Lloyds Banking Group saw its share price jump around 5% yesterday despite net profits coming in slightly below analyst forecasts for £4.6 billion. The actual figure of £4.4 billion still represented a 24% improvement on 2017. However, the bank delivering the sweetener of a hike in dividends and announcing a buy-back back programme was enough to win the enthusiasm of investors. From a Tuesday close of 58.2p, the Lloyds share price had reached 61.32p by close yesterday before gaining another 1% before this morning’s market open.
Thursday morning has however seen that after-hours rise pared to just over 0.4% in early trading. Nonetheless, Lloyds relatively solid overall performance combined with the announcement of a final dividend of 2.14p a share, 3.21p in total over the year, can be considered as a good result for investors. Particularly within the context of the buy-back programme, which will represent the equivalent of 2.46p a share.
The 24% leap in net profits was achieved on net income growth of just 2% to £17.8 billion and pre-tax profits growth of 13% to just shy of £6 billion. An easing of PPI compensation pay-outs to just £750 million over 2018, taking the total to £19.4 billion, was a major factor in improving net profits.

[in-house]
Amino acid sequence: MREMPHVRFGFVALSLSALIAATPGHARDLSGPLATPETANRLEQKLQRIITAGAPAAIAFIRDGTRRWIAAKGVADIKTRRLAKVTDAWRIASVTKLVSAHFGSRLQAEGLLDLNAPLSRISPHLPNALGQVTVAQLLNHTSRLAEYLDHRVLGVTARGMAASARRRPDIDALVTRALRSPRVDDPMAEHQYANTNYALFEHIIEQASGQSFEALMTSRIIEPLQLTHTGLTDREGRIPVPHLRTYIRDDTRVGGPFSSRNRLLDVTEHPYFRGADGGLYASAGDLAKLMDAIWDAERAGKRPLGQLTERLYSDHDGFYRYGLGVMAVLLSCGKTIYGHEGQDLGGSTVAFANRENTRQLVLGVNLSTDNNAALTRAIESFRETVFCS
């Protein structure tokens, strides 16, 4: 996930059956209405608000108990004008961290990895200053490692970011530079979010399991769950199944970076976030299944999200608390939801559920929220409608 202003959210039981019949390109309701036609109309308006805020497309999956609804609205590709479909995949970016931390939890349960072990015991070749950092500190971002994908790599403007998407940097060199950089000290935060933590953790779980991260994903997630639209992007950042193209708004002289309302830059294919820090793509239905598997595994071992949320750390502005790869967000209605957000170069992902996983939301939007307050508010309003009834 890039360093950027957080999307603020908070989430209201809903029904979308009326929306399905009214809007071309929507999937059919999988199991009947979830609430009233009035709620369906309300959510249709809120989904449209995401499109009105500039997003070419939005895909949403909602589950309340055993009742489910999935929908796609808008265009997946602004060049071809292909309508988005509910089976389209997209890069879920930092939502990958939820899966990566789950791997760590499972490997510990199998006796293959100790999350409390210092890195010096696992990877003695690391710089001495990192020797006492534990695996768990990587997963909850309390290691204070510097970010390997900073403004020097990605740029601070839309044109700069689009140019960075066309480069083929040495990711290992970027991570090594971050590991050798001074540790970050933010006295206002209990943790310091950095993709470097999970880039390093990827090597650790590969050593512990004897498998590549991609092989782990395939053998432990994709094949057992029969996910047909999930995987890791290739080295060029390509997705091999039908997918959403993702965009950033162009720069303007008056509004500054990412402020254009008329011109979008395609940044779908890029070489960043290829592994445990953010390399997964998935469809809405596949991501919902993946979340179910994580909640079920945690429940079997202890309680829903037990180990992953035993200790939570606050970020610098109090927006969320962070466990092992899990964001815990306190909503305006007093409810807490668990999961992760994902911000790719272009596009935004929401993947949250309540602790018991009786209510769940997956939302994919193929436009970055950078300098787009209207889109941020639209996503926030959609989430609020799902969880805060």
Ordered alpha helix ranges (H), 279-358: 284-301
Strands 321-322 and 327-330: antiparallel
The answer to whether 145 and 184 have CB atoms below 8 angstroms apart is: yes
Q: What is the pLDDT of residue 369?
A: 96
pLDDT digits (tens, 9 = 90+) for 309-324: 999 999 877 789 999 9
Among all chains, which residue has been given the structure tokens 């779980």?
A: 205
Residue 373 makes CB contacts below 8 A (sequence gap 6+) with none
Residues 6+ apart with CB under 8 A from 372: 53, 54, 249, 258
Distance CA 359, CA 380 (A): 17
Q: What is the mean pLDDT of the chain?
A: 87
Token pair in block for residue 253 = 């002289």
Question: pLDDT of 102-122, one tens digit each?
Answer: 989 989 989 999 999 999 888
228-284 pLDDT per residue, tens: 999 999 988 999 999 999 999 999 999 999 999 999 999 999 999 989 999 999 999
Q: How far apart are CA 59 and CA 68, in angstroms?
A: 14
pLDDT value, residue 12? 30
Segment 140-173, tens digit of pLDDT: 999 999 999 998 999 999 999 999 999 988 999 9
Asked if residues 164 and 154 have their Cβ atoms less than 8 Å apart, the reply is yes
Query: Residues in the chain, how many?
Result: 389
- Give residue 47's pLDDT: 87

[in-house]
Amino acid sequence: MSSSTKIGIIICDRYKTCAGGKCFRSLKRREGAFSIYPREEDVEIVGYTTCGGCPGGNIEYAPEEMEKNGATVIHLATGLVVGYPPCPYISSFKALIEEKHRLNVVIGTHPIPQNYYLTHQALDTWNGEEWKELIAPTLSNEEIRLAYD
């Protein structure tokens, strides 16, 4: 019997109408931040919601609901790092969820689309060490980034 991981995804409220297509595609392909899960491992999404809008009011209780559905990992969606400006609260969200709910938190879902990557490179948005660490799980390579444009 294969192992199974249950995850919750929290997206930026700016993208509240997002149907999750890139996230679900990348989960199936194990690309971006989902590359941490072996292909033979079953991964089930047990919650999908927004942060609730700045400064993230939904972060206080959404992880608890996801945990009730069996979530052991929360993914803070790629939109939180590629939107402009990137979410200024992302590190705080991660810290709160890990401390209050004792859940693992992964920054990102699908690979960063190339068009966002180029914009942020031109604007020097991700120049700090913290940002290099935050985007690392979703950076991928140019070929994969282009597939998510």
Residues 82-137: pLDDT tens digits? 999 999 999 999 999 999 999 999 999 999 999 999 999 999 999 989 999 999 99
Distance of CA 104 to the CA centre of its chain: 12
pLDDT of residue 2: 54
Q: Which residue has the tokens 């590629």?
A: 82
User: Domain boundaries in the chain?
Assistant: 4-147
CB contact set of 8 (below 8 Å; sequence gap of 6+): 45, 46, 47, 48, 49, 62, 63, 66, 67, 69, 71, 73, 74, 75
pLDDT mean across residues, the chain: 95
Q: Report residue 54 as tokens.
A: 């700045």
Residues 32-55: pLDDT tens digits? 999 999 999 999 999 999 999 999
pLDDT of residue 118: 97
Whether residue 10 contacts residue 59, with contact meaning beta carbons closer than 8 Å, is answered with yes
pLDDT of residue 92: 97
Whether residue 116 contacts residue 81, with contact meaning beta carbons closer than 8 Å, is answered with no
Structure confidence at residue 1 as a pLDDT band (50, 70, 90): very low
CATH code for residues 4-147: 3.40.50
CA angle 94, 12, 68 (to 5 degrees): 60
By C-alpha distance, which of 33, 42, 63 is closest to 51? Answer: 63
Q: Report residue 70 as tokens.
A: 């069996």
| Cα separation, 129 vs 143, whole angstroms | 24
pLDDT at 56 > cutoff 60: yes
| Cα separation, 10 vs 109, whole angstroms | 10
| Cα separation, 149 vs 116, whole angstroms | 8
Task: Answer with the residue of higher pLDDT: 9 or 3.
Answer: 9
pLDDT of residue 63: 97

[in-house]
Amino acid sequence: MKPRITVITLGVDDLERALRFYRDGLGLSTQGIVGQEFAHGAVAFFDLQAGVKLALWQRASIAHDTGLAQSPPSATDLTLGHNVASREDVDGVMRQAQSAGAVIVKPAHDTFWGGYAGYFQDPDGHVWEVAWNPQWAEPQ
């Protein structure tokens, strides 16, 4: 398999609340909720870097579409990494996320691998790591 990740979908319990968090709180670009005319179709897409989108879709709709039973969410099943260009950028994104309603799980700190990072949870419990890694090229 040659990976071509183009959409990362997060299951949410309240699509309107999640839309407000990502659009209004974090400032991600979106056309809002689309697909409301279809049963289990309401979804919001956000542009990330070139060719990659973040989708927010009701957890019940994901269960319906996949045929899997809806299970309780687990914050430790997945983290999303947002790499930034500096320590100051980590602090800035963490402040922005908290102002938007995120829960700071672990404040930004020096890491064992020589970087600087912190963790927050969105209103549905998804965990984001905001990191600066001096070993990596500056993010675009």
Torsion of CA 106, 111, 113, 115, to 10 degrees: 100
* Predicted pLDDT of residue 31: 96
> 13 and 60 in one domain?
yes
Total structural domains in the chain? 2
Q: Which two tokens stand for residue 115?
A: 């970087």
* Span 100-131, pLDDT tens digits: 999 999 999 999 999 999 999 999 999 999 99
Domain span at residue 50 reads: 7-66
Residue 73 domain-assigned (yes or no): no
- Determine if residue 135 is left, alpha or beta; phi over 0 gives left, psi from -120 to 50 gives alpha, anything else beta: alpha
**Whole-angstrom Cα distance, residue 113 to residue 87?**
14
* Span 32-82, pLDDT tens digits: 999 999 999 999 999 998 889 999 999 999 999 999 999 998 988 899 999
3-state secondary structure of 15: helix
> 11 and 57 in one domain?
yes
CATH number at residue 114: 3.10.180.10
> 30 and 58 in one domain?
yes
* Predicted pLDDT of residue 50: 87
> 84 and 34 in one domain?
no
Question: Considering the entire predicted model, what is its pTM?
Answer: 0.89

As the UK’s largest mortgage lender and second largest retail bank by assets, Lloyds’s exposure to the country’s economy means its performance is a carefully watched indicator of the financial health of households. Chief executive Antonio Horta-Osório commented that 2018 saw the UK economy remain healthy despite Brexit uncertainty as GDP growth was maintained and record employment levels reached. He did, however, concede that there was some doubt around future prospects.
Despite impairments rising by 18% over the year Lloyds stated that it did not see any increase to credit risk and Lloyds’ common equity tier one capital ratio sits at a healthy 13.9%, unchanged from 2017 despite the £4 billion returned to shareholders. The capital ratio is considered a key indicator of a bank’s financial strength and ability to absorb financial shocks. It measures core capital relative to total risk-weighted assets and has to be at least 6%.